"Bear in mind that the wonderful things you learn in your schools are the work of many generations, produced by enthusiastic effort and infinite labor in every country of the world. All this is put into your hands as your inheritance in order that you may receive it, honor it, add to it, and one day faithfully hand it to your children. Thus do we mortals achieve immortality in the permanent things which we create in common." - Albert Einstein

Friday, January 29, 2016

Corruption and Basic Education

One can make comparisons between countries. With such exercise, one may find correlations. Here is one. Corruption and basic education seem to be strongly correlated. Countries where corruption is perceived to be low tend to have better educational systems.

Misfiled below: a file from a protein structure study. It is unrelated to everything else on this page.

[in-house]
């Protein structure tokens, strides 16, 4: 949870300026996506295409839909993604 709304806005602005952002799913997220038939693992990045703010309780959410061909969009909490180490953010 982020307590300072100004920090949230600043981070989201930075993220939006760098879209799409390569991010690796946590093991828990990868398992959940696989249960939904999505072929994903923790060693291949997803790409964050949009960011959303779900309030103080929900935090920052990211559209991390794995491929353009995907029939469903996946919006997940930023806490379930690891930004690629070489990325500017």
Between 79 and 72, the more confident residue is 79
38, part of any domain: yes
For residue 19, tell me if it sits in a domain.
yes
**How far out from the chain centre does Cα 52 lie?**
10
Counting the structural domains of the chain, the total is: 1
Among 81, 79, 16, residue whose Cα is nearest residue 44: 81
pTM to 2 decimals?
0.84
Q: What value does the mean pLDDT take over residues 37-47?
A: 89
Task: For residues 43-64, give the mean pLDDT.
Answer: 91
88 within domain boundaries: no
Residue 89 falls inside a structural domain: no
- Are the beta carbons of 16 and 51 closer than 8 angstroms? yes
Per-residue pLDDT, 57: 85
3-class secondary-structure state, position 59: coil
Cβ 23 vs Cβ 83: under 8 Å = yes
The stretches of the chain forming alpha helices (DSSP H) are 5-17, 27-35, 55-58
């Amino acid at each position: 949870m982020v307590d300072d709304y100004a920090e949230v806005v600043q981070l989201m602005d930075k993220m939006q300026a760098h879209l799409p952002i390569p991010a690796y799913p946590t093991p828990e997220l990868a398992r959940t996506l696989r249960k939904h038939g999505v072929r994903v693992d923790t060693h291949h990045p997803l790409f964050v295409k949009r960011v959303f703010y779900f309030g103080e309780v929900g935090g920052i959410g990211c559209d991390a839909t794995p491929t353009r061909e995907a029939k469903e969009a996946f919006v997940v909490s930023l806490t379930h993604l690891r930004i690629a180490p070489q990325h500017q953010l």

Transparency International provides on an annual basis a Corruption Perception Index (CPI), a measure of the perceived level of public sector corruption for each country. The 2015 numbers are now available and the following lists the 40 least corrupt countries in the world.

Rank CPI2015 Country
1 91 Denmark
2 90 Finland
3 89 Sweden
4 88 New Zealand
5 87 Netherlands
5 87 Norway
7 86 Switzerland
8 85 Singapore
9 83 Canada
10 81 Germany
10 81 Luxembourg
10 81 United Kingdom
13 79 Australia
13 79 Iceland
15 77 Belgium
16 76 Austria
16 76 The United States Of America
18 75 Hong Kong
18 75 Ireland
18 75 Japan
21 74 Uruguay
22 71 Qatar
23 70 Chile
23 70 Estonia
23 70 France
23 70 United Arab Emirates
27 65 Bhutan
28 63 Botswana
28 63 Portugal
30 62 Poland
30 62 Taiwan
32 61 Cyprus
32 61 Israel
32 61 Lithuania
35 60 Slovenia
36 58 Spain
37 56 Czech Republic
37 56 Korea (South)
37 56 Malta